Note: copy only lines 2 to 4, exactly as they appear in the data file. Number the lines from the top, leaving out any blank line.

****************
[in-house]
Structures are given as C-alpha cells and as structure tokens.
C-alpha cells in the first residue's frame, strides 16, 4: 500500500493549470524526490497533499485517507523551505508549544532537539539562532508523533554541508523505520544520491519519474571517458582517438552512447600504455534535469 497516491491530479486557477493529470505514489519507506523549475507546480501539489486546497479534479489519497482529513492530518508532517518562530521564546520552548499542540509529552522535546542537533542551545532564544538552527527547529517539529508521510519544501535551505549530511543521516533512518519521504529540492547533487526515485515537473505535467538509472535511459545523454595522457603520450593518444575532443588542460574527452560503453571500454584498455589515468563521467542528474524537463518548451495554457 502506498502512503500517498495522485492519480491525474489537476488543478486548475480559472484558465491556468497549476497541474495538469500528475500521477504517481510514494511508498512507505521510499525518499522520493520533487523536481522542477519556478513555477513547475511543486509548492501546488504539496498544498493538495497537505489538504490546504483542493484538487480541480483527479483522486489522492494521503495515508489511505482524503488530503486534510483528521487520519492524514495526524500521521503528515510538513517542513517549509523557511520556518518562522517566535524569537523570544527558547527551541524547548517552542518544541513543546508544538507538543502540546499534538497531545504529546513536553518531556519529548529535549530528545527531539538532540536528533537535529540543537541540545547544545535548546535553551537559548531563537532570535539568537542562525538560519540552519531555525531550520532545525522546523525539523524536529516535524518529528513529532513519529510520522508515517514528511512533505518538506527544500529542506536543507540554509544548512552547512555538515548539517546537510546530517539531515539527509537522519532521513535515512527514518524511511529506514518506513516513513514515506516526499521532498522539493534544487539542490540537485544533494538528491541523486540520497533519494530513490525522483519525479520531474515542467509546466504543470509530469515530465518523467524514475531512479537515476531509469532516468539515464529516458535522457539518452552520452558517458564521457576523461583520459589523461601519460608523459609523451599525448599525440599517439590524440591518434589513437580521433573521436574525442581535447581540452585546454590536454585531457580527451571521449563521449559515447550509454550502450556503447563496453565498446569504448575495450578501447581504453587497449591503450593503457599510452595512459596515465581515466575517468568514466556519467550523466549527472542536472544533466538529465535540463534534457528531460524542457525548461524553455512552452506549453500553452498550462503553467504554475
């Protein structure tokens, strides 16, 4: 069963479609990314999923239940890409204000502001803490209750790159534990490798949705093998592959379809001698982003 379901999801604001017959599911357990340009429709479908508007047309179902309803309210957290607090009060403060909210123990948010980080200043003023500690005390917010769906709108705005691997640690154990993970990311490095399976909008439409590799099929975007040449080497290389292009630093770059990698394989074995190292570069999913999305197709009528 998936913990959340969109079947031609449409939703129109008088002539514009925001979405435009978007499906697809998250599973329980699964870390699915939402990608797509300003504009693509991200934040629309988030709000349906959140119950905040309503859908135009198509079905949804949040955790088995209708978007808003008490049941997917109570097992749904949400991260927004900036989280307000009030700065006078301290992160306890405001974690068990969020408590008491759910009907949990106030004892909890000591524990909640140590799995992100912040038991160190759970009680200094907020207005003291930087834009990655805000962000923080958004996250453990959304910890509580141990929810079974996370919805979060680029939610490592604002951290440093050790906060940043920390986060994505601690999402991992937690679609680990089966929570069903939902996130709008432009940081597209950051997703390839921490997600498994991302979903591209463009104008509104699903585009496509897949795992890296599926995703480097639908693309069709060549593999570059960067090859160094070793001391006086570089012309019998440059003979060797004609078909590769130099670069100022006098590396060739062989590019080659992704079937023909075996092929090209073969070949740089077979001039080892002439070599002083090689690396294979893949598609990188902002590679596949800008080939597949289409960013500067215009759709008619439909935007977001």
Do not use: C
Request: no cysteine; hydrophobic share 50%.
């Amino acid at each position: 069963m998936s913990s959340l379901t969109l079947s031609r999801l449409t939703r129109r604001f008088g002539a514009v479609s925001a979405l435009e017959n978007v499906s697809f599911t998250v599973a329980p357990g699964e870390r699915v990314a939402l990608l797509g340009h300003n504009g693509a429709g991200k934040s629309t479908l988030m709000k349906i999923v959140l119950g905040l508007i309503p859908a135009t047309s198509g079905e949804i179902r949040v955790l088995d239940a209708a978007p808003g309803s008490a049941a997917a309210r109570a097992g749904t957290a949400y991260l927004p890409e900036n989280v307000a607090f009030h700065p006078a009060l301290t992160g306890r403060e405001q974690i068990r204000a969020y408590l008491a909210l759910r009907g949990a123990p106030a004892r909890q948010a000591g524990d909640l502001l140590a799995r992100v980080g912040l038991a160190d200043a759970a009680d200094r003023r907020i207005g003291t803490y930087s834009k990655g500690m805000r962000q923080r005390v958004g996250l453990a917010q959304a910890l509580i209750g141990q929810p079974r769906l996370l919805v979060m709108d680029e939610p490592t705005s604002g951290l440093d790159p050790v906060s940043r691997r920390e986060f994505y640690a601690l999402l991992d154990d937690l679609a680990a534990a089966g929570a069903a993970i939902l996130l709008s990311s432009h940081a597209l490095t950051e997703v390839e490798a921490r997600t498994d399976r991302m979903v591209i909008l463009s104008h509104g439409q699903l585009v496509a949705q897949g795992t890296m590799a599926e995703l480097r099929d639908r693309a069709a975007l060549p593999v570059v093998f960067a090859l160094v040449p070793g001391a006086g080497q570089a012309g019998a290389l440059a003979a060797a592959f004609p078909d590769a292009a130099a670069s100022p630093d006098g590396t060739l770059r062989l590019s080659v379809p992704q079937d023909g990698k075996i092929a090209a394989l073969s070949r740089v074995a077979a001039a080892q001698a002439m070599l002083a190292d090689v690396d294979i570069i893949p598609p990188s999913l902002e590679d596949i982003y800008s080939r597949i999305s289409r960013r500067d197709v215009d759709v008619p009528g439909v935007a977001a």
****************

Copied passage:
Structures are given as C-alpha cells and as structure tokens.
C-alpha cells in the first residue's frame, strides 16, 4: 500500500493549470524526490497533499485517507523551505508549544532537539539562532508523533554541508523505520544520491519519474571517458582517438552512447600504455534535469 497516491491530479486557477493529470505514489519507506523549475507546480501539489486546497479534479489519497482529513492530518508532517518562530521564546520552548499542540509529552522535546542537533542551545532564544538552527527547529517539529508521510519544501535551505549530511543521516533512518519521504529540492547533487526515485515537473505535467538509472535511459545523454595522457603520450593518444575532443588542460574527452560503453571500454584498455589515468563521467542528474524537463518548451495554457 502506498502512503500517498495522485492519480491525474489537476488543478486548475480559472484558465491556468497549476497541474495538469500528475500521477504517481510514494511508498512507505521510499525518499522520493520533487523536481522542477519556478513555477513547475511543486509548492501546488504539496498544498493538495497537505489538504490546504483542493484538487480541480483527479483522486489522492494521503495515508489511505482524503488530503486534510483528521487520519492524514495526524500521521503528515510538513517542513517549509523557511520556518518562522517566535524569537523570544527558547527551541524547548517552542518544541513543546508544538507538543502540546499534538497531545504529546513536553518531556519529548529535549530528545527531539538532540536528533537535529540543537541540545547544545535548546535553551537559548531563537532570535539568537542562525538560519540552519531555525531550520532545525522546523525539523524536529516535524518529528513529532513519529510520522508515517514528511512533505518538506527544500529542506536543507540554509544548512552547512555538515548539517546537510546530517539531515539527509537522519532521513535515512527514518524511511529506514518506513516513513514515506516526499521532498522539493534544487539542490540537485544533494538528491541523486540520497533519494530513490525522483519525479520531474515542467509546466504543470509530469515530465518523467524514475531512479537515476531509469532516468539515464529516458535522457539518452552520452558517458564521457576523461583520459589523461601519460608523459609523451599525448599525440599517439590524440591518434589513437580521433573521436574525442581535447581540452585546454590536454585531457580527451571521449563521449559515447550509454550502450556503447563496453565498446569504448575495450578501447581504453587497449591503450593503457599510452595512459596515465581515466575517468568514466556519467550523466549527472542536472544533466538529465535540463534534457528531460524542457525548461524553455512552452506549453500553452498550462503553467504554475
């Protein structure tokens, strides 16, 4: 069963479609990314999923239940890409204000502001803490209750790159534990490798949705093998592959379809001698982003 379901999801604001017959599911357990340009429709479908508007047309179902309803309210957290607090009060403060909210123990948010980080200043003023500690005390917010769906709108705005691997640690154990993970990311490095399976909008439409590799099929975007040449080497290389292009630093770059990698394989074995190292570069999913999305197709009528 998936913990959340969109079947031609449409939703129109008088002539514009925001979405435009978007499906697809998250599973329980699964870390699915939402990608797509300003504009693509991200934040629309988030709000349906959140119950905040309503859908135009198509079905949804949040955790088995209708978007808003008490049941997917109570097992749904949400991260927004900036989280307000009030700065006078301290992160306890405001974690068990969020408590008491759910009907949990106030004892909890000591524990909640140590799995992100912040038991160190759970009680200094907020207005003291930087834009990655805000962000923080958004996250453990959304910890509580141990929810079974996370919805979060680029939610490592604002951290440093050790906060940043920390986060994505601690999402991992937690679609680990089966929570069903939902996130709008432009940081597209950051997703390839921490997600498994991302979903591209463009104008509104699903585009496509897949795992890296599926995703480097639908693309069709060549593999570059960067090859160094070793001391006086570089012309019998440059003979060797004609078909590769130099670069100022006098590396060739062989590019080659992704079937023909075996092929090209073969070949740089077979001039080892002439070599002083090689690396294979893949598609990188902002590679596949800008080939597949289409960013500067215009759709008619439909935007977001």